struct mg_str will_topic;   // Will Topic
  struct mg_str will_message; // Will Message
  uint8_t qos;                // Quality of service
  bool will_retain;           // Retain last will
  bool clean;                 // Use clean session, 0 or 1
  uint16_t keepalive;         // Keep-alive timer in seconds
};

Structure used to specify MQTT connection options.

struct mg_mqtt_message

struct mg_mqtt_message {
  struct mg_str topic;  // Topic
  struct mg_str data;   // Message data
};

Structure represents the MQTT message.

mg_mqtt_connect()

struct mg_connection *mg_mqtt_connect(struct mg_mgr *mgr, const char *url,
                                      struct mg_mqtt_opts *opts,
                                      mg_event_handler_t fn, void *fn_data);

Create client MQTT connection.

Note: this function does not connect to peer, it allocates required resources and starts connect process. Once peer is really connected MG_EV_CONNECT event is sent to connection event handler.

Parameters:

  • mgr - event manager to use
  • url - specifies remote URL, e.g. http://google.com
  • opts - MQTT options, with client ID, qos, etc
  • fn - an event handler function
  • fn_data - an arbitrary pointer, which will be passed as fn_data when an event handler is called. This pointer is also stored in a connection structure as c->fn_data

Return value: pointer to created connection or NULL on error

Usage example:

void fn(struct mg_connection *c, int ev, void *evd, void *fnd) {
  char *buf = (char *) fnd;
  if (ev == MG_EV_MQTT_OPEN) {
    // Connection ready
  }
}

mg_mqtt_connect(&mgr, "mqtt://test.org:1883", NULL, handler, NULL);

mg_mqtt_listen()

struct mg_connection *mg_mqtt_listen(struct mg_mgr *mgr, const char *url,
                                     mg_event_handler_t fn, void *fn_data);

Create MQTT listener.

Parameters:

  • mgr - event manager to use
  • url - specifies local IP address and port to listen on, e.g. mqtt://0.0.0.0:1883
  • fn - an event handler function
  • fn_data - an arbitrary pointer, which will be passed as fn_data when an event handler is called. This pointer is also stored in a connection structure as c->fn_data

Return value: pointer to created connection or NULL on error

Usage example:

struct mg_connection *c = mg_mqtt_listen(&mgr, "0.0.0.0:1883", fn, arg);
if (c == NULL) fatal("Cannot create connection");

mg_mqtt_login

void mg_mqtt_login(struct mg_connection *c, const char *url,
                   struct mg_mqtt_opts *opts);

Send MQTT login request.

Parameters:

  • c - connection to use
  • url - url, containing user name and password to use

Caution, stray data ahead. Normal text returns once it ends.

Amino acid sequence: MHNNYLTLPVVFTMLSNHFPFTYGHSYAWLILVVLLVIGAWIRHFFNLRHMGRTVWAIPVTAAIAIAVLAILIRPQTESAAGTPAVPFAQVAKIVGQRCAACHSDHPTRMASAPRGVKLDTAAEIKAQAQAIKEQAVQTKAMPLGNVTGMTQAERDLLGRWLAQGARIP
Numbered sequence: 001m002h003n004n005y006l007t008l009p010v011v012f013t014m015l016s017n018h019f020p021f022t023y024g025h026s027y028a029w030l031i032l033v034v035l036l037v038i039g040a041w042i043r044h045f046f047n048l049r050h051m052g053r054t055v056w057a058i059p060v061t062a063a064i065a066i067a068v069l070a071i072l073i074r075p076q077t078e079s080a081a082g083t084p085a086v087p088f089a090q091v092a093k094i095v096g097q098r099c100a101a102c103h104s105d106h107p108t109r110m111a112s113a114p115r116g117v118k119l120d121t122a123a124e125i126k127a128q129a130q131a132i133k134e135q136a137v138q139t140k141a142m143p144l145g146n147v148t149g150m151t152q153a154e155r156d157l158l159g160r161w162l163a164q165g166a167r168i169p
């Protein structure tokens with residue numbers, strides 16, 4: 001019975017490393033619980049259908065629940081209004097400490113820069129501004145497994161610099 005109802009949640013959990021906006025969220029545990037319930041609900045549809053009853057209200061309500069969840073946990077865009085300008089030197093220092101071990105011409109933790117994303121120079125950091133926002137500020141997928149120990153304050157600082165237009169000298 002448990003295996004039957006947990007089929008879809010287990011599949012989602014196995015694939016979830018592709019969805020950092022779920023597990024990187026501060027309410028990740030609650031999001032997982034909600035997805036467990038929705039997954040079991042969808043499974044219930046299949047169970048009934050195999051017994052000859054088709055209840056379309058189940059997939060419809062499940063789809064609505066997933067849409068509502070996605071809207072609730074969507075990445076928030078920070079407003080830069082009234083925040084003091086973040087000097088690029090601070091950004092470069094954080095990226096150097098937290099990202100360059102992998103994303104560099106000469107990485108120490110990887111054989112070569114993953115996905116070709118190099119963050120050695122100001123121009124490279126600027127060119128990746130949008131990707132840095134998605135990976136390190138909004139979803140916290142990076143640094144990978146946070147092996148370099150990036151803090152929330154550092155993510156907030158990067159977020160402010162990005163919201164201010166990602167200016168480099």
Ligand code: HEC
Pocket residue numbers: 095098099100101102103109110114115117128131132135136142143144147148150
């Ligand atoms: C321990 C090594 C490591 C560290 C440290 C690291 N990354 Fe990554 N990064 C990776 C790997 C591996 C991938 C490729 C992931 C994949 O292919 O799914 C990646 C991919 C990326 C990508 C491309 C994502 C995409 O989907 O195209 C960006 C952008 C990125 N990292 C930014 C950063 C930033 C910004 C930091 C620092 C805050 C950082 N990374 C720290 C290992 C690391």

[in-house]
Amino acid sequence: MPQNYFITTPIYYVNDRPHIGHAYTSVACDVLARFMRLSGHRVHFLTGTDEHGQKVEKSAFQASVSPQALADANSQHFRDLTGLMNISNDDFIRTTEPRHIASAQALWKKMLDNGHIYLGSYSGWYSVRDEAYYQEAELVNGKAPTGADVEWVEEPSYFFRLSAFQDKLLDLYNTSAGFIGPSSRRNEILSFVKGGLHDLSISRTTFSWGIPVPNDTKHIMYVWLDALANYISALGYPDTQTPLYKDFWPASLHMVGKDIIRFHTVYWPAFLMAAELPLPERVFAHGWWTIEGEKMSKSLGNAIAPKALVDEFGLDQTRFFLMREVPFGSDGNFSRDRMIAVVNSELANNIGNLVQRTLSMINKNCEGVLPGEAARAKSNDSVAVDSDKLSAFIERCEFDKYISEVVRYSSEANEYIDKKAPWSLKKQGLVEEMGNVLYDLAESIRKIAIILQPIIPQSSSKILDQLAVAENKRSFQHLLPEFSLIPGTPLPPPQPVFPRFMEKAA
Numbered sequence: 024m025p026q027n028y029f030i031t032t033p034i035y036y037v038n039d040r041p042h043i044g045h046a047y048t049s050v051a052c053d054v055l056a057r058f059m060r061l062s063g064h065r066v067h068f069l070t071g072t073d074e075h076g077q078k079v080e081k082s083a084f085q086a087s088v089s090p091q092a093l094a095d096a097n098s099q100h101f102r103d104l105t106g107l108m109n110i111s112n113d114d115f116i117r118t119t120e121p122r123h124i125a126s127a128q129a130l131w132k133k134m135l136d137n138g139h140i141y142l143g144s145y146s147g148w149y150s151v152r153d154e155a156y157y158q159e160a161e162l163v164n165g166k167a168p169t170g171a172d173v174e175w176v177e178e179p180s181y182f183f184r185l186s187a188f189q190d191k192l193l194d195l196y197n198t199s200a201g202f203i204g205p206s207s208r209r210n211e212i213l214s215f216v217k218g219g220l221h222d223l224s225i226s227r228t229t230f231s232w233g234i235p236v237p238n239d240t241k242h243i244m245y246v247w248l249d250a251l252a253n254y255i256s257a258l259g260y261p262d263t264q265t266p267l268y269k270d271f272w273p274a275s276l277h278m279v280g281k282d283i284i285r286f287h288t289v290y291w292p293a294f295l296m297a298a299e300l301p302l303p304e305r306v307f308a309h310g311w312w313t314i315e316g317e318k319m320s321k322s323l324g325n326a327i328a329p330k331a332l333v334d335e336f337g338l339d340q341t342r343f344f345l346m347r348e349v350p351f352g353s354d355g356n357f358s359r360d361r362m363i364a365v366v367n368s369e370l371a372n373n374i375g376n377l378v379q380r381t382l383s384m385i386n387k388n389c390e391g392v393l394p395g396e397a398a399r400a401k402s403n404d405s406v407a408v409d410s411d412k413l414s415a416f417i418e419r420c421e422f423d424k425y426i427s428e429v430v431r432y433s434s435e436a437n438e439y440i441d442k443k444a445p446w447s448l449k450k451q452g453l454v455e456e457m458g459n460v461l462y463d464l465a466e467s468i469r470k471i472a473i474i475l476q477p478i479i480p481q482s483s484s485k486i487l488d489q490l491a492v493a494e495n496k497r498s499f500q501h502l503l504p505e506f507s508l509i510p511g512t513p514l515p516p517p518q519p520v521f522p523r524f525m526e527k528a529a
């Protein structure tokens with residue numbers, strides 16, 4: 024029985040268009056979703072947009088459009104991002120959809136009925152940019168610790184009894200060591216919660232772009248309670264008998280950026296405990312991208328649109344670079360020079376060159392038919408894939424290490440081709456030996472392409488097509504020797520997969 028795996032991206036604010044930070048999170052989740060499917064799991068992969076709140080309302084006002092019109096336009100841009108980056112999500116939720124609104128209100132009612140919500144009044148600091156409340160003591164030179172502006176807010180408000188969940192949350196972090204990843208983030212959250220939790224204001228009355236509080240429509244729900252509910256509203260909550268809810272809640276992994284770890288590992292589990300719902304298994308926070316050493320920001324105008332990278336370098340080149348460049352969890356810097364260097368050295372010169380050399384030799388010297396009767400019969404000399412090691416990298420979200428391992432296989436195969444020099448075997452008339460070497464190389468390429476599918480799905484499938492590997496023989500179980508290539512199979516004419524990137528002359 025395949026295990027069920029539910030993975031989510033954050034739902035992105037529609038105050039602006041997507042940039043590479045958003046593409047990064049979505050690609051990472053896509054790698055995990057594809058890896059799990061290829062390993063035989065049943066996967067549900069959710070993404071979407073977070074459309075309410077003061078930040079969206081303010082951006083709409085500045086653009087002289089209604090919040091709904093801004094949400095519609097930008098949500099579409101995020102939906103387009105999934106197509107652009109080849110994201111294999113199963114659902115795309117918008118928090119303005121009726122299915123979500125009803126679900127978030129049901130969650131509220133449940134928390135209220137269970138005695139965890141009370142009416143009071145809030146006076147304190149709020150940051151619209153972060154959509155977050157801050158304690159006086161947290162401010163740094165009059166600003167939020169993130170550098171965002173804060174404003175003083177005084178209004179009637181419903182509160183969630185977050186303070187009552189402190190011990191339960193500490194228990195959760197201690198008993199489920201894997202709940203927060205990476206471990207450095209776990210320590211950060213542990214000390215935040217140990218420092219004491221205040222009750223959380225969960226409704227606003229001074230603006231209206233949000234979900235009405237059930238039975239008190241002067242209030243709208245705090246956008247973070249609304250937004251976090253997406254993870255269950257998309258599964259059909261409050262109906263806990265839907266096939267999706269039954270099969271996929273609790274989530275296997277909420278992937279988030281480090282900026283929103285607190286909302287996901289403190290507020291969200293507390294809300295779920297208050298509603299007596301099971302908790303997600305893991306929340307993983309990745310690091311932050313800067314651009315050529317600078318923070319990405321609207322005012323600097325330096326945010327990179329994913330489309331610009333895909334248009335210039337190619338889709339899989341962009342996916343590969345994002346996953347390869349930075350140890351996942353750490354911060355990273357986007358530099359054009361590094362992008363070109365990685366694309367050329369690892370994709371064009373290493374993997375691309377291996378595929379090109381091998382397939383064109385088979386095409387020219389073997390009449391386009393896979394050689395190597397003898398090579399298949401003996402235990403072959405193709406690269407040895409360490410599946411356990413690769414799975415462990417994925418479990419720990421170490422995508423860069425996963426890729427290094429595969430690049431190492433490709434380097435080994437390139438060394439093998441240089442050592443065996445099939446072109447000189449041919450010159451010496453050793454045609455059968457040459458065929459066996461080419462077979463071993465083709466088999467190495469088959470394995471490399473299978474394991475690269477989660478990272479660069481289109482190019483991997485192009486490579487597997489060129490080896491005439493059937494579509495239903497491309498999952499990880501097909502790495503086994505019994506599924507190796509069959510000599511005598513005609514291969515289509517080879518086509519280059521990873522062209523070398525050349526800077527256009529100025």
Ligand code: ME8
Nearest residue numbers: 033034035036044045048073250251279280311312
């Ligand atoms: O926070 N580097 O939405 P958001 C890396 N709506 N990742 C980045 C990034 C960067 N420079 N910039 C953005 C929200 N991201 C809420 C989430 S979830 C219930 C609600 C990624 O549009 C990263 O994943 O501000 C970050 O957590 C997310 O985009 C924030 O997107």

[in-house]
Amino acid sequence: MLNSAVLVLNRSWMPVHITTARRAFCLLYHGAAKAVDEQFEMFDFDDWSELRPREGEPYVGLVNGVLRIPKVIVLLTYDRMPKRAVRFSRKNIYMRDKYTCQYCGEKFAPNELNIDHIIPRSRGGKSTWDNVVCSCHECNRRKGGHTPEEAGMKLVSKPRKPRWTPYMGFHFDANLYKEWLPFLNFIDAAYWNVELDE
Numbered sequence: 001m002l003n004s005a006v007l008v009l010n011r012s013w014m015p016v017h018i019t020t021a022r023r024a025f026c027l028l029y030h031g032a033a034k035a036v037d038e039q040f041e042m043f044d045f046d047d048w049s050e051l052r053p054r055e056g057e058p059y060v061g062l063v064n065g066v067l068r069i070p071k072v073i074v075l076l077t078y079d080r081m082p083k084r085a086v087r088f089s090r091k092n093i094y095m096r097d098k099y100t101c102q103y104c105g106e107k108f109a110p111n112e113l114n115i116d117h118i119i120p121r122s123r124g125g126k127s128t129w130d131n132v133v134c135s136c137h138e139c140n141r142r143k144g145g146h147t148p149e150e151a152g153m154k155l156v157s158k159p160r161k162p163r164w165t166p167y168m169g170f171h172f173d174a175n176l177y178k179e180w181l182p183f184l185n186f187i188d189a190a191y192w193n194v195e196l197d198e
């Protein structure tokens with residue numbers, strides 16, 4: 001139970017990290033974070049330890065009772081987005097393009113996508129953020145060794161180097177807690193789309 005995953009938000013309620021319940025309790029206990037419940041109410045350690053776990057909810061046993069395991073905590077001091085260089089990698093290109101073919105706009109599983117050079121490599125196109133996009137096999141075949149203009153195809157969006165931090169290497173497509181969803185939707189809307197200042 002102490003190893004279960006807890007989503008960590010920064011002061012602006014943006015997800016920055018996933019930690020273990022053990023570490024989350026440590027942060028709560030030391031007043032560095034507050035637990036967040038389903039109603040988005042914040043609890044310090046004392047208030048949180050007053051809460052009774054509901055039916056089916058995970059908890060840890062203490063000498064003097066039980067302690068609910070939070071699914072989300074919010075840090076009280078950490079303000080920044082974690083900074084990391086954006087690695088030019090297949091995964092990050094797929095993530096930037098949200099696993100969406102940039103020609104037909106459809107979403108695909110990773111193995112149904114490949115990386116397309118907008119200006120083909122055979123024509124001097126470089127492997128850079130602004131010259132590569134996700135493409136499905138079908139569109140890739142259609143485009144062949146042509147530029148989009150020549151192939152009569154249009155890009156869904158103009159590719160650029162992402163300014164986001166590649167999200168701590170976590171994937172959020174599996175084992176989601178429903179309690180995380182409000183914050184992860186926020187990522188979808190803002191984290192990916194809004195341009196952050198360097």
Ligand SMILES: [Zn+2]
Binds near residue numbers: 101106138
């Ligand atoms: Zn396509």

• opts - request options

Return value: none

Usage example:

// Mongoose events handler
void fn(struct mg_connection *c, int ev, void *evd, void *fnd) {
  char *buf = (char *) fnd;
  if (ev == MG_EV_MQTT_OPEN) {
    struct mg_mqtt_opts opts = {.qos = 1,
                                .will_topic = mg_str("my topic"),
                                .will_message = mg_str("goodbye")};
    mg_mqtt_login(c, s_url, &opts);
  }
}

mg_mqtt_pub()

void mg_mqtt_pub(struct mg_connection *c, struct mg_str *topic,
                 struct mg_str *data, int qos, bool retain);

Publish message.

Parameters:

  • c - connection to use
  • topic - topic to publish data
  • data - data to publish
  • qos - required QoS
  • retain - retain flag

Return value: none

Usage example:

struct mg_str topic = mg_str("topic");
struct mg_str data = mg_str("data");
mg_mqtt_pub(c, &topic, &data, 1, false);

mg_mqtt_sub()

void mg_mqtt_sub(struct mg_connection *c, struct mg_str *topic, int qos);

Subscribe to topic.

Parameters:

  • c - connection to use
  • topic - topic to subscribe
  • qos - required Qos

Return value: none

struct mg_str topic = mg_str("topic");
mg_mqtt_sub(c, &topic, 1);

mg_mqtt_next_sub()

size_t mg_mqtt_next_sub(struct mg_mqtt_message *msg, struct mg_str *topic, uint8_t *qos, size_t pos);

Traverse list of subscribed topics. Used to implement MQTT server when MQTT_CMD_SUBSCRIBE is received. Initial position pos should be 4.

Parameters:

  • mgs - MQTT message
  • topic - pointer to mg_str to receive topic
  • qos - pointer to uint8_t to receive qos
  • pos - position to list from

Return value: next position, or 0 when done.

Usage example:

// Mongoose events handler
void fn(struct mg_connection *c, int ev, void *evd, void *fnd) {
  if (ev == MG_EV_MQTT_CMD) {
    struct mg_mqtt_message *mm = (struct mg_mqtt_message *) ev_data;
    if (mm->cmd == MQTT_CMD_SUBSCRIBE) {
      size_t pos = 4;
      uint8_t qos;
      struct mg_str topic;
      // Iterate over all subscribed topics